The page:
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Better cancer diagnosis thanks to digital 3D images

Updated: Apr 4


How to bring a diagnostic process that has endured for 100 years into the digital age? Two researchers from ETH Zurich and the University of Zurich are developing a robotic platform that enables a more accurate diagnosis of cancer cells by rapidly quantifying tissue samples in their entirety.


It all started with an innocuous question at the start of Francesca Catto’s doctoral thesis: wouldn’t it be nice if tissue samples could be coloured and digitally displayed as a 3D image? For over 100 years, histology, a branch of pathology that deals with tissue changes, has been using an analogue method that involves cutting tissue samples into micrometre-​thin slices (about seven times thinner than a human hair) and examining them for pathological mutations under the microscope. This technique results in one in six people being misdiagnosed and cancer cells going undetected.

Catto, who did her thesis in neuroscience at the University of Zurich under the supervision of Professor Adriano Aguzzi, describes the early days as difficult: “We started out trying different approaches, but nothing worked. It was a nightmare. Fortunately, we entered into a collaboration with the groups of Professor Mirko Meboldt and Professor Alexander Mathys that resulted in the emergence of a successful approach. That’s how Robert Axelrod, who has a doctorate in the field of processing technologies from ETH Zurich, joined the project.”


Innovation through a groundbreaking interdisciplinary solution

Using an approach that combines technologies from biomedicine and mechanical engineering, the two researchers developed a robotic platform that diagnoses cancer more accurately and provides three-​dimensional information about the cells’ spatial arrangement. This process comprises four steps. First, the researchers make the tissue sample transparent in an automated way. Next, they rapidly mark or colour any conspicuous cells. The third step is to create an image of the 3D tissue where cancer cells are mapped; the technology for this already exists. The final step is an analysis with 3D imaging software and training algorithms.


This innovative solution no longer calls for tissue samples to be prepared and cut in a time-​consuming manner; instead, the tissue – a lymph node, say – is preserved whole and examined in its entirety. The digital 3D visualisation with the marked cells can be accessed online at any time.


New experiences and successes

In the lab, the robot prototype works and moves the samples around. However, the platform is not yet fully ready for the market. Axelrod says that while they can offer initial services by making sent-​in tissue transparent in an automated way and quickly producing a labelled 3D image, they still need to optimise the software.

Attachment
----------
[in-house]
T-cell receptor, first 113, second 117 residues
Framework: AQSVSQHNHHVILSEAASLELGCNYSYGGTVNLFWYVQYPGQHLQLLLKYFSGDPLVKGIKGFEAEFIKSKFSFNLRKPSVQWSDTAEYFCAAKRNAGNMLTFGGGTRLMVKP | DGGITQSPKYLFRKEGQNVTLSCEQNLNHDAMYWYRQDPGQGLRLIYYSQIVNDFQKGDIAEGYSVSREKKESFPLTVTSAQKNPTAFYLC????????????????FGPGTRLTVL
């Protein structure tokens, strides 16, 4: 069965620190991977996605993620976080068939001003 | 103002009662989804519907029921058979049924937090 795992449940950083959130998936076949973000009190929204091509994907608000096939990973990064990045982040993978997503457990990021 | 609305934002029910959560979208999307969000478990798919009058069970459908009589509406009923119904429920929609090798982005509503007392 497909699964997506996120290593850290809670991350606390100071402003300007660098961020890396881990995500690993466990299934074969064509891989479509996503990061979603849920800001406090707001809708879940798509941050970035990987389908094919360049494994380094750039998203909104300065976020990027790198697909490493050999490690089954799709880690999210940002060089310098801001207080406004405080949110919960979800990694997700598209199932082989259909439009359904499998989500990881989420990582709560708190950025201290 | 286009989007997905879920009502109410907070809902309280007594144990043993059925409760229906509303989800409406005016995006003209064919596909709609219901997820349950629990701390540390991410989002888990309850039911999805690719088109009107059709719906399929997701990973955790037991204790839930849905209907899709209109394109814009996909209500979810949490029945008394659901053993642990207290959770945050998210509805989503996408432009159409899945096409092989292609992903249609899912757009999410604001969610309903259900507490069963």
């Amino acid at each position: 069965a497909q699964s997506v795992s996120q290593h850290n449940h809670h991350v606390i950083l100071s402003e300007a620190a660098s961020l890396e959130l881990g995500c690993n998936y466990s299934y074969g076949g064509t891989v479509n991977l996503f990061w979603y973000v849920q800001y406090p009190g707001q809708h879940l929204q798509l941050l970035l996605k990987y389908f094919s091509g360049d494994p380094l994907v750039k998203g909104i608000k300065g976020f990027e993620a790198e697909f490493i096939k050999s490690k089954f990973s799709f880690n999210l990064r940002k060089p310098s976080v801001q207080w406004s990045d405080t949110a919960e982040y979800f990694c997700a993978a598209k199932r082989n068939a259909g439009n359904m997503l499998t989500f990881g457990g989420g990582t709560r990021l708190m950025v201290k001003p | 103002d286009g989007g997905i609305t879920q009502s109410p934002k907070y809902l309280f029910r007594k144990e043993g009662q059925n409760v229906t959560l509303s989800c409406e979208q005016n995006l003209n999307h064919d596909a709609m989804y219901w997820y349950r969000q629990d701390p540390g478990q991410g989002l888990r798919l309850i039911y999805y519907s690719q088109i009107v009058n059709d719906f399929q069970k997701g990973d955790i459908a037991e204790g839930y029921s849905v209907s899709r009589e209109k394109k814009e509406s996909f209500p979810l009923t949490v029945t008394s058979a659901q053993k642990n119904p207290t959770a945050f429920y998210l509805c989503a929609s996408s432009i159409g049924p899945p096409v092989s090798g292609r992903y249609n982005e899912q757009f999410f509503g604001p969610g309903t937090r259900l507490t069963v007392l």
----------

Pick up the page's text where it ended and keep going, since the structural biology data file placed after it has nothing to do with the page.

The two researchers also face challenges of a different kind as part of their Pioneer Fellowship, which is intended to lead to the founding of a start-​up: “As a scientist, you have a different mindset when it comes to things like time management. Researchers are often perfectionists, because they don’t publish anything until it’s absolutely perfect and tested.” But this project is allowing Catto and Axelrod to take their first steps in the world of start-​ups, where they have to try out more, get feedback and go through fast, iterative cycles. “This has a major impact on time management,” Catto says.

Catto and Axelrod cite their fantastic team as one of their biggest successes so far. Finding people with the right technical and social skills to get the team dynamic the two researchers wanted was a new experience for them both. Carrying out the full procedure for the first time was also an important technical milestone.


Always keep the goal in mind

When asked if there’s time for hobbies besides the countless hours spent in the office and the lab, both of them laugh. The question seems obvious. For the time being, it’s still possible to maintain a healthy work-​life balance, they say, and that’s important to them. “Although I fear that might change once the next phase of the project begins,” Catto says. In difficult moments, they are motivated by the idea of their start-​up doing well and the market launch of their product: “Thinking about the positive impact our robotic platform will have on histology is very motivating when times are tough. That’s what drives us, especially whenever things don’t go as planned,” Axelrod adds.

The goal of bringing a good product to market is important to both of them – and not just because they personally want to see their start-​up succeed. They also want to give research labs and clinics a useful, functional and reliable product that will catapult cancer diagnosis into the digital world.

Personal development is close to the duo’s heart as well. The world of start-​ups is, after all, the perfect place to become a good leader and still retain your own personality, to grow as a person and have new experiences.





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